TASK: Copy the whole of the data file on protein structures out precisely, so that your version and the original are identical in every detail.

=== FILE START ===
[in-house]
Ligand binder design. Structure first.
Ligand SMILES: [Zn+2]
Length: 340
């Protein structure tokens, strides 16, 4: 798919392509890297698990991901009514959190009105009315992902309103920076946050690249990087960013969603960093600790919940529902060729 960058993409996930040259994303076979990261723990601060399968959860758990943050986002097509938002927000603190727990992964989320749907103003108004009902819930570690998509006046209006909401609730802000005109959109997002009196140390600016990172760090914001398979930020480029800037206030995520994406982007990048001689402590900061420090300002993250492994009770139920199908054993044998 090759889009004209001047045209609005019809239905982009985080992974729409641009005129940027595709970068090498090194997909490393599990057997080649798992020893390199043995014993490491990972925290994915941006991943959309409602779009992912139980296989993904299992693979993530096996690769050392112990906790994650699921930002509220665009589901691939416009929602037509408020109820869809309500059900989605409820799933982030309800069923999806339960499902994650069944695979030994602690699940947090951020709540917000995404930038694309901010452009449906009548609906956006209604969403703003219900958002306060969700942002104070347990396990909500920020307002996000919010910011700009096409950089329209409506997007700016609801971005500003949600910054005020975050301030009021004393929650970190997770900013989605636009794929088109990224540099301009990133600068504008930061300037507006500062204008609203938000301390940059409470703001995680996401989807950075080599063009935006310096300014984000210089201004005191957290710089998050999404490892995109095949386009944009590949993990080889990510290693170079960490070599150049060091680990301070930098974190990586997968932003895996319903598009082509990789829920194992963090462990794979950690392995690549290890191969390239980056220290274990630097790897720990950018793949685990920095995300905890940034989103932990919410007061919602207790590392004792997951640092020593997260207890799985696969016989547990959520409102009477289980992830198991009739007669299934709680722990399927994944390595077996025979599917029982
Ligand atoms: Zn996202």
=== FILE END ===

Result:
[in-house]
Ligand binder design. Structure first.
Ligand SMILES: [Zn+2]
Length: 340
């Protein structure tokens, strides 16, 4: 798919392509890297698990991901009514959190009105009315992902309103920076946050690249990087960013969603960093600790919940529902060729 960058993409996930040259994303076979990261723990601060399968959860758990943050986002097509938002927000603190727990992964989320749907103003108004009902819930570690998509006046209006909401609730802000005109959109997002009196140390600016990172760090914001398979930020480029800037206030995520994406982007990048001689402590900061420090300002993250492994009770139920199908054993044998 090759889009004209001047045209609005019809239905982009985080992974729409641009005129940027595709970068090498090194997909490393599990057997080649798992020893390199043995014993490491990972925290994915941006991943959309409602779009992912139980296989993904299992693979993530096996690769050392112990906790994650699921930002509220665009589901691939416009929602037509408020109820869809309500059900989605409820799933982030309800069923999806339960499902994650069944695979030994602690699940947090951020709540917000995404930038694309901010452009449906009548609906956006209604969403703003219900958002306060969700942002104070347990396990909500920020307002996000919010910011700009096409950089329209409506997007700016609801971005500003949600910054005020975050301030009021004393929650970190997770900013989605636009794929088109990224540099301009990133600068504008930061300037507006500062204008609203938000301390940059409470703001995680996401989807950075080599063009935006310096300014984000210089201004005191957290710089998050999404490892995109095949386009944009590949993990080889990510290693170079960490070599150049060091680990301070930098974190990586997968932003895996319903598009082509990789829920194992963090462990794979950690392995690549290890191969390239980056220290274990630097790897720990950018793949685990920095995300905890940034989103932990919410007061919602207790590392004792997951640092020593997260207890799985696969016989547990959520409102009477289980992830198991009739007669299934709680722990399927994944390595077996025979599917029982
Ligand atoms: Zn996202």